And there came also Nicodemus, which at the first came to Jesus by night, and brought a mixture of myrrh and aloes, about an hundred pound weight. Then took they the body of Jesus, and wound it in linen clothes with the spices, as the manner of the Jews is to bury. – John 19:39,40 (KJV)

And there’s the Armenian monument to worship the three Holy Women (Mary Magdalene, Joanna, and Mary the mother of James) that came to anoint Jesus as well.

And the women also, which came with him from Galilee, followed after, and beheld the sepulchre, and how his body was laid. And they returned, and prepared spices and ointments; and rested the sabbath day according to the commandment. – Luke 23: 55,56 (KJV)

Station XIV – Jesus is laid in the tomb

The final Station is the site of Jesus’ empty tomb: where he was buried and then later resurrected. It is enclosed in a shrine underneath the giant dome and is called the Aedicula. There are several masses that happen outside the tomb on a daily basis, and if you want to go inside, best to get there first thing as the queues can be ridiculously long. The tomb is very small: there is only room for about 3 or 4 people at a time, so the queue moves very slowly.

Now in the place where he was crucified there was a garden; and in the garden a new sepulchre, wherein was never man yet laid. There laid they Jesus therefore because of the Jews’ preparation day; for the sepulchre was nigh at hand. – John 19: 41,42 (KJV)

The shrine has 2 rooms: the first chamber is called the “Chapel of the Angel” and contains the Angel’s Stone, a fragment of the stone that once sealed the Sepulchre; and the second room is another narrow door which leads to a smaller chamber – the tomb of Jesus.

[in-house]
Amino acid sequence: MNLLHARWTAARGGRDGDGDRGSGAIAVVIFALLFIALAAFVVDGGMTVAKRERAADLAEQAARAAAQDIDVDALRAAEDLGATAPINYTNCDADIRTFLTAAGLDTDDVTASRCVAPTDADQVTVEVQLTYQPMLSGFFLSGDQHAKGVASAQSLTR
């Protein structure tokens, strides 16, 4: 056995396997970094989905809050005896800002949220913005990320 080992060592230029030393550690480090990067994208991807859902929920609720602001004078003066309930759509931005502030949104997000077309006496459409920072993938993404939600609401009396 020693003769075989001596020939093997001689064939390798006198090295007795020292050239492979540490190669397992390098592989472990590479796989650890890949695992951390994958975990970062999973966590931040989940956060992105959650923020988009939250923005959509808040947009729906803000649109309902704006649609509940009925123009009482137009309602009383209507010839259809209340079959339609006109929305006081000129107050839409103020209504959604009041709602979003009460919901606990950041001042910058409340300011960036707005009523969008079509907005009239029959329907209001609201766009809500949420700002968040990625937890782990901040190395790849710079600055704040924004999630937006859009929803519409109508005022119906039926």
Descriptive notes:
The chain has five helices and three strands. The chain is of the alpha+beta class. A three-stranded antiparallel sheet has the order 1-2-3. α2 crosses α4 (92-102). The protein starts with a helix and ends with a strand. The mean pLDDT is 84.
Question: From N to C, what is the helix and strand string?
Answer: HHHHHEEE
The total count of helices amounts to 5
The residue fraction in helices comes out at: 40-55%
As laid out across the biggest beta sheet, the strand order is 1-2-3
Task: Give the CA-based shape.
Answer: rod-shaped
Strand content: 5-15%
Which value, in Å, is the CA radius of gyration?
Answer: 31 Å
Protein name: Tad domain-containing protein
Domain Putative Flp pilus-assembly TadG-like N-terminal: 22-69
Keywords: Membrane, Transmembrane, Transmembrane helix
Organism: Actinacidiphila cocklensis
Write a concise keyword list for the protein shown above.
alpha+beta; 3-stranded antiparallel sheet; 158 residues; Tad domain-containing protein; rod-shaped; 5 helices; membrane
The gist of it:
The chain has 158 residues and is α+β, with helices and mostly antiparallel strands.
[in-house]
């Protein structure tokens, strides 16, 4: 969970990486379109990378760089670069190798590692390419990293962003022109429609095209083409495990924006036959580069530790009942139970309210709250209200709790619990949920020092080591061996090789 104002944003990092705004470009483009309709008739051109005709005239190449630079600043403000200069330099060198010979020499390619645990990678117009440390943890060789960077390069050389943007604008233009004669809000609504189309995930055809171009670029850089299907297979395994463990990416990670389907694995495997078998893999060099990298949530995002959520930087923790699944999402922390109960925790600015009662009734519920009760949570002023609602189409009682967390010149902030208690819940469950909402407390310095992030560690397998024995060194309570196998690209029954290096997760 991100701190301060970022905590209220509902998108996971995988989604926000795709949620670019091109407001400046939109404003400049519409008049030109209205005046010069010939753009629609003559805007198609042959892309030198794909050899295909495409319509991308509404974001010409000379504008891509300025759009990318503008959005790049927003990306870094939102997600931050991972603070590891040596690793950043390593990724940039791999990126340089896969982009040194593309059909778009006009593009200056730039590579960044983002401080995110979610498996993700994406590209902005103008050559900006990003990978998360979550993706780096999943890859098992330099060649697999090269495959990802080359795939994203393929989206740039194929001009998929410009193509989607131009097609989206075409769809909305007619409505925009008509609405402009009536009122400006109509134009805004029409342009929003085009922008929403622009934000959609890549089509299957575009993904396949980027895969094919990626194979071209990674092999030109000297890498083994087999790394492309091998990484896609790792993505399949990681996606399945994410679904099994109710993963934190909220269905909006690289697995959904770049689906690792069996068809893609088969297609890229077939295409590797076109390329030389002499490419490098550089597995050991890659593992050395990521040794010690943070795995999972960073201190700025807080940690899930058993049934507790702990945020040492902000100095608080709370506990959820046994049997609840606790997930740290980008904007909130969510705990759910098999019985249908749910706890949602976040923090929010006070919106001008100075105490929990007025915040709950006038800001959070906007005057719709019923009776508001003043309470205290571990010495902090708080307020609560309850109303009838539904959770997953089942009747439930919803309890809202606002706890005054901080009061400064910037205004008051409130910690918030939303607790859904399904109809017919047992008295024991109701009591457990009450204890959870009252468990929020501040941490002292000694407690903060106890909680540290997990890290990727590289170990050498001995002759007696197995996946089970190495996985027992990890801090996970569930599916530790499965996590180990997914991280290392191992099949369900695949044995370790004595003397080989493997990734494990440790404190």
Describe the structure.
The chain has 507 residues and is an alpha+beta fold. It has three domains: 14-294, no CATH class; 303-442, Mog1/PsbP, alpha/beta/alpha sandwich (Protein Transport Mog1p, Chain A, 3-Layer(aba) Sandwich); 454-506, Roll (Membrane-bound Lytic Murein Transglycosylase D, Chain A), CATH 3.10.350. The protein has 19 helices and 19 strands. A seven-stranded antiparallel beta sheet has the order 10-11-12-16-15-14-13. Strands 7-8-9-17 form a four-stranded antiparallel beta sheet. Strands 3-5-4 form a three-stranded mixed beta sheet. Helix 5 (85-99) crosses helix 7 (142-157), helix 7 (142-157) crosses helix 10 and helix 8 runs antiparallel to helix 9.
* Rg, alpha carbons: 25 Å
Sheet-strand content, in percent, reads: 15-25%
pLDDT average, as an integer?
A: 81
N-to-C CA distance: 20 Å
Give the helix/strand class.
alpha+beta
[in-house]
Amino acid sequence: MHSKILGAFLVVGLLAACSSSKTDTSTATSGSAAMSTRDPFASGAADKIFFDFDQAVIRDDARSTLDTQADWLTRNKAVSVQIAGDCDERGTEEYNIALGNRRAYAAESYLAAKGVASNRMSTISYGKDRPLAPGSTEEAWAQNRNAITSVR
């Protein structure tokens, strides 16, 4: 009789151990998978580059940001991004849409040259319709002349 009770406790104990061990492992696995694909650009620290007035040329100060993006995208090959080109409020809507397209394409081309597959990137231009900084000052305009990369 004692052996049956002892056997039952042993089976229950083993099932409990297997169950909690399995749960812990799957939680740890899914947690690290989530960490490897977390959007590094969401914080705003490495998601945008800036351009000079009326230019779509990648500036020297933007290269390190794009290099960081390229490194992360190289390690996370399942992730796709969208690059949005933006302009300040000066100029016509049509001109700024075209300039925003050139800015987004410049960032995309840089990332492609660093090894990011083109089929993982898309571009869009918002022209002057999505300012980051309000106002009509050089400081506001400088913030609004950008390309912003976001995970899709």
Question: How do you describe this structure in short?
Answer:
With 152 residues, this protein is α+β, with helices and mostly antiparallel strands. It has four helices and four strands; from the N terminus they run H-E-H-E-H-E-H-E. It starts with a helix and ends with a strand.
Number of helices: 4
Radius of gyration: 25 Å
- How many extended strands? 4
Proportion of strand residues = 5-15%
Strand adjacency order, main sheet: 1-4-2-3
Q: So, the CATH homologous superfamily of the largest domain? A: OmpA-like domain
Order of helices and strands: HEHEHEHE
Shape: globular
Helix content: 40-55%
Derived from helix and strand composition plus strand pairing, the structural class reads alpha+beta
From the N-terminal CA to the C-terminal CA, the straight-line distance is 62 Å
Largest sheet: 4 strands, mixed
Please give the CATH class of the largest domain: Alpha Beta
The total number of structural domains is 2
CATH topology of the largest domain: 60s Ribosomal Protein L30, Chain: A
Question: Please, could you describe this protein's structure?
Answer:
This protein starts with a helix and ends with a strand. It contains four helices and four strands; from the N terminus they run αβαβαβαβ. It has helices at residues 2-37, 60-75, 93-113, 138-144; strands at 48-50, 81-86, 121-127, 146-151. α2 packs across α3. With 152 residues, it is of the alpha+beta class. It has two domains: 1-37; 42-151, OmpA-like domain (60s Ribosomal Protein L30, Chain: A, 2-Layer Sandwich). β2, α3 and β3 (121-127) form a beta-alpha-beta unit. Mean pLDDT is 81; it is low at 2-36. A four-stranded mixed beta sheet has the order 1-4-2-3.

Behind the tomb of Jesus is the Coptic chapel.

Afterthoughts

Should one visit this place if you are not Christian? Definitely, not so much for the symbolism and religious aspect, but for the history, the art and the culture of the place. Amazingly, this place has been left as-is since the Status Quo law as introduced. When you enter plaza, you can see a ladder that has been left there since 1800s, because no one is authorised to move it by law.

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The immortal ladder

But more importantly, come to feel the calm and peace that the place can bring despite the fact that it is still technically still a war zone. Because of the risen king, Prince of Peace, everlasting.

And as they thus spake, Jesus himself stood in the midst of them, and saith unto them, Peace be unto you. – Luke 24:36

May you continue to find peace in this time of trouble.

1 comment on “Via Dolorosa

  1. Pingback: Olive Leaf @ Tel Aviv – live2makan